When I first thought about taking a social media break I thought it would be difficult. On the contrary, a 30-day social media break that I took proved to be quite satisfying.
In this post, we will look at how to take a social media break in 4 steps where you have more chances of becoming successful at it.
A social media break is a time where you don’t use social media at varying degrees.
You could be completely off it, for example not posting as well as not consuming any content from the feeds or engaging in other’s posts.
As I read/scanned through many posts, common takeaways from doing the detox were:
I cannot vouch that I have gotten smarter, but I can definitely say that I have more control over when I want to use my phone.
I had done some time limiting on Facebook back in 2010 too. I did some cheating, I logged into Facebook to share my blog post links to multiple Facebook groups. But I did not go on and play the mindless feed scrolling game.
It is very important to take a social media break now in the midst of a global pandemic. COVID-19 has already done a lot of damage. Don’t be pulled into an endless stream of “not so good news”. This is not the best for your mental health. Social media can also be a hindrance to your work from home productivity.
What did you do the first thing in the morning after waking up? If your answer is I looked at my phone or checked any of my social media apps you NEED a social media break, period.
You can’t manage what you don’t measure - Peter Drucker
The same thing applies to your social media time usage (or if I can call it waste). To track your usage, you can start using Rescue Time. You can track your screen time on both mobile and laptop/desktop with their app to the minute. This gives you a very good idea of how much time you are spending on Instagram, Facebook, or even Tik Tok.
With the desktop app, you can also track how much time you are spending on the web application of these social media platforms. It will help you have an idea of the total time you are spending on social media platforms, then you can decide if you want to take a break or not.
If you decide to do it, keep in mind that If a YouTuber can take a social media break and succeed at it, you can surely do it. For inspiration, check it out below:
What do you consider social media? What do you want to get out of a social media break? Is LinkedIn social media, I think yes. Ask yourself these questions, after you have some data decide which social media platforms you want to take a break from and which platforms you want to continue using.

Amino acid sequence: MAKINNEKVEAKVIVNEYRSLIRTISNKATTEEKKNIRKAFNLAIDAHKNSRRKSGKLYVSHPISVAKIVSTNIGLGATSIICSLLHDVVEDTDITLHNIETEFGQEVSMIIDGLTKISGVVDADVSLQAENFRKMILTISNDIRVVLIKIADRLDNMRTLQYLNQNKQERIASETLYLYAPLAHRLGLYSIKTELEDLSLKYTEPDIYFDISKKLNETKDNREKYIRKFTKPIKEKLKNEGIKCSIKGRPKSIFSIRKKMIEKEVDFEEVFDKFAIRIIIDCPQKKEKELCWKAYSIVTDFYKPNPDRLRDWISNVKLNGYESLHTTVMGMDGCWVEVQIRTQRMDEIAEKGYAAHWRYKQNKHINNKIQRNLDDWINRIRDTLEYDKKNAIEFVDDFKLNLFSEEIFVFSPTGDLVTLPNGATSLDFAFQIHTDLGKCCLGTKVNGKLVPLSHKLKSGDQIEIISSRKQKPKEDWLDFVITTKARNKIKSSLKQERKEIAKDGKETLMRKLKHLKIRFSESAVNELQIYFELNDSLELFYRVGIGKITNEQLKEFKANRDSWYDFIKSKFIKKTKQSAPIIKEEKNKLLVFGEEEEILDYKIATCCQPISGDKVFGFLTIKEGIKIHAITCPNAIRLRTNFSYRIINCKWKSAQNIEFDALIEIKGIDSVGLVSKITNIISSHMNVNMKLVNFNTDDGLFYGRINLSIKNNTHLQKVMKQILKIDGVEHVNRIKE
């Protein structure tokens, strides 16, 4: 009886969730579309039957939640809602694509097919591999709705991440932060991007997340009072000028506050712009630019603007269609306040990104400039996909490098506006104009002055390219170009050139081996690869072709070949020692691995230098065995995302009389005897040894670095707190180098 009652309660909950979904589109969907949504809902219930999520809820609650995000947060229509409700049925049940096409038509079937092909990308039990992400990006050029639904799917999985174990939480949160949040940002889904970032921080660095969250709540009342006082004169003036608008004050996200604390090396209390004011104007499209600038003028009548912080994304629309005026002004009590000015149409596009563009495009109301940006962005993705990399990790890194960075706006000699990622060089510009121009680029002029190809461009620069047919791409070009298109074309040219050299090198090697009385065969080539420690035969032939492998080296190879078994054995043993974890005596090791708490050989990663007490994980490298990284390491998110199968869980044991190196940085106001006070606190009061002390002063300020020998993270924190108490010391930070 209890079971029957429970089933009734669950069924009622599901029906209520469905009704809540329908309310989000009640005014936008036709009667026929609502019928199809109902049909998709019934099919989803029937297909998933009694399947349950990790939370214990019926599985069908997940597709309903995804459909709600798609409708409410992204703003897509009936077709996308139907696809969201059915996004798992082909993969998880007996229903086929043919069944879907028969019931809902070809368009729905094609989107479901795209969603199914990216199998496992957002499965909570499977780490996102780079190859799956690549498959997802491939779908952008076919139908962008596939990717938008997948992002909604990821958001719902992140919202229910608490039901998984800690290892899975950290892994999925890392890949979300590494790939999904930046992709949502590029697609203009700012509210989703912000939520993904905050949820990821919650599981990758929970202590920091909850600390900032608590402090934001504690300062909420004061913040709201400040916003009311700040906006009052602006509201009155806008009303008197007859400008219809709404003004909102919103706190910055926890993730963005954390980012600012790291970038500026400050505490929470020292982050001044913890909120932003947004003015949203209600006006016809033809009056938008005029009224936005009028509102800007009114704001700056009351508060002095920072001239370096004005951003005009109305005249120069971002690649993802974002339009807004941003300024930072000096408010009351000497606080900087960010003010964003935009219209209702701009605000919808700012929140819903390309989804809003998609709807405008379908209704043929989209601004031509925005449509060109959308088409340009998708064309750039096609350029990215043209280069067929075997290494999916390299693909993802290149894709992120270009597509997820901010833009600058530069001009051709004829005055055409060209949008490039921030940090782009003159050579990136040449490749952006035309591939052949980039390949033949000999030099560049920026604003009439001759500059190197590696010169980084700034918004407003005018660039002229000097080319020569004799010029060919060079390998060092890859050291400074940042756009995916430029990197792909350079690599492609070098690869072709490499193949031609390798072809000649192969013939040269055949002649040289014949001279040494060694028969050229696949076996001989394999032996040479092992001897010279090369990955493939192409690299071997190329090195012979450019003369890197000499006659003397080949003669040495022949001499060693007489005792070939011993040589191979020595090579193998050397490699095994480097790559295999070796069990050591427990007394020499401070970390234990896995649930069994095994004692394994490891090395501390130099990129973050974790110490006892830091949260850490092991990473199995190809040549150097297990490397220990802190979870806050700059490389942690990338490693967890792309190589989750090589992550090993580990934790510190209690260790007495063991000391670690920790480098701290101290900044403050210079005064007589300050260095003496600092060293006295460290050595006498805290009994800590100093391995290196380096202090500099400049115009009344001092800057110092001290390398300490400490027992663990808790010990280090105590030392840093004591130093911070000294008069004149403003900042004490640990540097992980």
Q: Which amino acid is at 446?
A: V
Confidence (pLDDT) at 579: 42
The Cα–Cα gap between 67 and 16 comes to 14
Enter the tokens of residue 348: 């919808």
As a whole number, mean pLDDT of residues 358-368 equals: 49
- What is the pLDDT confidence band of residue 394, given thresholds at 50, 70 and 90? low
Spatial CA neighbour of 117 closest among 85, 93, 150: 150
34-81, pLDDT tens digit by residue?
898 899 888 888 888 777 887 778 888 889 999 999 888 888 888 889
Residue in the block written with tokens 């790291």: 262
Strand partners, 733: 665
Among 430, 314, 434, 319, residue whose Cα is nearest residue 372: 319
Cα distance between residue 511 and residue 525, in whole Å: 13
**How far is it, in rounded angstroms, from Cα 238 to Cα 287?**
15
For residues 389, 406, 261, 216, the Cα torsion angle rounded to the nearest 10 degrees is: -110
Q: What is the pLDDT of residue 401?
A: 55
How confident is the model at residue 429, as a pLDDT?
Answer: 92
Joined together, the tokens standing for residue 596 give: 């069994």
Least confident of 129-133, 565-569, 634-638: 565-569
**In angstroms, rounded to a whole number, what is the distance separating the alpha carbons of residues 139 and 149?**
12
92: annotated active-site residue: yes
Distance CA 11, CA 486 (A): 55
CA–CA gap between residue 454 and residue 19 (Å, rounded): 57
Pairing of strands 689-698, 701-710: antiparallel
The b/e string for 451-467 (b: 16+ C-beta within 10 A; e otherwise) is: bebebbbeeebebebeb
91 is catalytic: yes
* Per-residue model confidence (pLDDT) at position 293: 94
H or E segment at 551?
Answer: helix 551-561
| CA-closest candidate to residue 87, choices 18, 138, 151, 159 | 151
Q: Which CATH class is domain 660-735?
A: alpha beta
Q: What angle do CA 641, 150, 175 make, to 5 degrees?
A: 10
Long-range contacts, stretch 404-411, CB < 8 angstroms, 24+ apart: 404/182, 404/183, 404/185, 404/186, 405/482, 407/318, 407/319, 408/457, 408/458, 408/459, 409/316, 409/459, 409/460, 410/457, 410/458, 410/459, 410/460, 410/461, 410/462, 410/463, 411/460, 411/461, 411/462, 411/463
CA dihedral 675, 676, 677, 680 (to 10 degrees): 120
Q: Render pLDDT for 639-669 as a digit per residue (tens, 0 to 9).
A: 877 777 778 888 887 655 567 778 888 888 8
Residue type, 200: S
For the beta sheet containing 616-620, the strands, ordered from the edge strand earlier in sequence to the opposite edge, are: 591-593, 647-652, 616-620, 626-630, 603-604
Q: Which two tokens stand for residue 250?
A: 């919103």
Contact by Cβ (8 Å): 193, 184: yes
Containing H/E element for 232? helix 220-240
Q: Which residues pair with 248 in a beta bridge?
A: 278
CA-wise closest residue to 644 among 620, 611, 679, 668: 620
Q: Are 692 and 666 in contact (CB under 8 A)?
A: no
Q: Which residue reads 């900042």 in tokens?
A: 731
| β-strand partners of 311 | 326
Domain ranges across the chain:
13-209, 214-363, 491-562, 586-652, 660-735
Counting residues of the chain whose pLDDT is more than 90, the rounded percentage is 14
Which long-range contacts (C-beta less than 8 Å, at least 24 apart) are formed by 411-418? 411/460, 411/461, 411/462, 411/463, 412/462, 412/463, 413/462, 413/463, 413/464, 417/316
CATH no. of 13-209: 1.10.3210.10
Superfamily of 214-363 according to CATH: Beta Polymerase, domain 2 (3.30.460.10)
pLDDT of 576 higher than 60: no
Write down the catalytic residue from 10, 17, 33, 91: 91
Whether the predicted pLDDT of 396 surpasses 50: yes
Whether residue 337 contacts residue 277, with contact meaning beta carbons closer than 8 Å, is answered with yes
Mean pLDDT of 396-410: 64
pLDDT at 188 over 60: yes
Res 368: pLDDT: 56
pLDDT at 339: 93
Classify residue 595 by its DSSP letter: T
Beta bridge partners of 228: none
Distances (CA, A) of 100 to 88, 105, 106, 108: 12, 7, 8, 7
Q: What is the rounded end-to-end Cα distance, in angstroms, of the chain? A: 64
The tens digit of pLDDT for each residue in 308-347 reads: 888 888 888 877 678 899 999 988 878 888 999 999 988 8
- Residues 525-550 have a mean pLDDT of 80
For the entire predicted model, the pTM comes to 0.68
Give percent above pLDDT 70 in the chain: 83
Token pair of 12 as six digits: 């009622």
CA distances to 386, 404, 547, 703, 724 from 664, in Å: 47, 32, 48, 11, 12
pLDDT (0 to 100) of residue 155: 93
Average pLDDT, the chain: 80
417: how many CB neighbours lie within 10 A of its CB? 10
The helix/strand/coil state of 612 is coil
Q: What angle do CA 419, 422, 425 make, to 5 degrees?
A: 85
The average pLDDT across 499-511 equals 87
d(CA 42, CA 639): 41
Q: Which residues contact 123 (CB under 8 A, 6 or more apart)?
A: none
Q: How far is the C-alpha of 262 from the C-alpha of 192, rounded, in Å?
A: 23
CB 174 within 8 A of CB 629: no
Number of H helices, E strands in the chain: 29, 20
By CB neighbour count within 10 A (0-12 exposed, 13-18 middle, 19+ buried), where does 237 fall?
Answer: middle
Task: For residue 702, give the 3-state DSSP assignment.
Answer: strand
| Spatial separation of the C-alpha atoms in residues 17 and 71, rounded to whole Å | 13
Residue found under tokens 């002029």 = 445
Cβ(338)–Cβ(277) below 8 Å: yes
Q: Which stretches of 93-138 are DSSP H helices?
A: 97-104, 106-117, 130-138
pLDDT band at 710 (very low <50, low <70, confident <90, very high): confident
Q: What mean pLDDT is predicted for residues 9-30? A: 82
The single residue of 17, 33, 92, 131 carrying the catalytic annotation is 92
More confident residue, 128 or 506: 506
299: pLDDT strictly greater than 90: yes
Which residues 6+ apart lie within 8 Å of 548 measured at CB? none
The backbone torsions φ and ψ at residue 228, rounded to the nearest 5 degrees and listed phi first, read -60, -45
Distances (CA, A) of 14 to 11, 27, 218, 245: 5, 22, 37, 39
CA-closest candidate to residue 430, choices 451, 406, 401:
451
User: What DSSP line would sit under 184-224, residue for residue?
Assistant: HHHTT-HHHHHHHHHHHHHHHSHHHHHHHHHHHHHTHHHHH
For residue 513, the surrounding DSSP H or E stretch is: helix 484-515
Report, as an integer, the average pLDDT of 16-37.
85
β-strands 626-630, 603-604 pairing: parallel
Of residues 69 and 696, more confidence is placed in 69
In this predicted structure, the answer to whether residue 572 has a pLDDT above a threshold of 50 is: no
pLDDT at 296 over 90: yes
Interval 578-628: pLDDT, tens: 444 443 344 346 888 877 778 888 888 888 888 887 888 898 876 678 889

List the social media accounts you want to get off of. In my case, it was Facebook, Twitter, LinkedIn, and Instagram in no particular order. I am still using youtube (considering not using it too). I am basically nonexistent on Pinterest and don’t even have a Tik Tok account. You could have your own list of apps for social media break which may include platforms like Tik Tok, snap chat, and Pinterest.
If you are doing mindless scrolling anywhere and want a digital detox from that platform include it in your social media breakup list.
Then it is time to set goals you want to achieve from this social media break. Remember one thing, if you are not paying you are the product. So set the right one to not be a product, the target of social media marketers. My goals were as follows:
It was not an all-out social media break for me. I produce content (mainly blog posts) I didn’t want to miss out on the social media traffic source to this blog. So my social media break was unique I was posting as usual but not consuming my feeds. Below were my goals for this social media break:
Have clear goals set. If you just don’t want to be posting but still reading the feeds that is fine too.
I have succeeded in doing so but I had removed all social media apps from my phone months back. Till September this year, I was using social media platforms only on the browser before the social media break. In September I spent 13 hrs and 12 minutes on Linked In, in October it was less than an hour. Ok, I had a couple of interviews so I had to look into candidate profiles. I was not logged into LinkedIn or doing any mindless scrolling. I know this from my data on RescueTime.
Each of the steps below can be stacked every x days to be effective. X is up to you depending on how much time you need.
If you want to do it fast add up each step every week. If you want to take it slow go to the next step every 30 days all up to you.
Below are the steps for taking a successful social media break: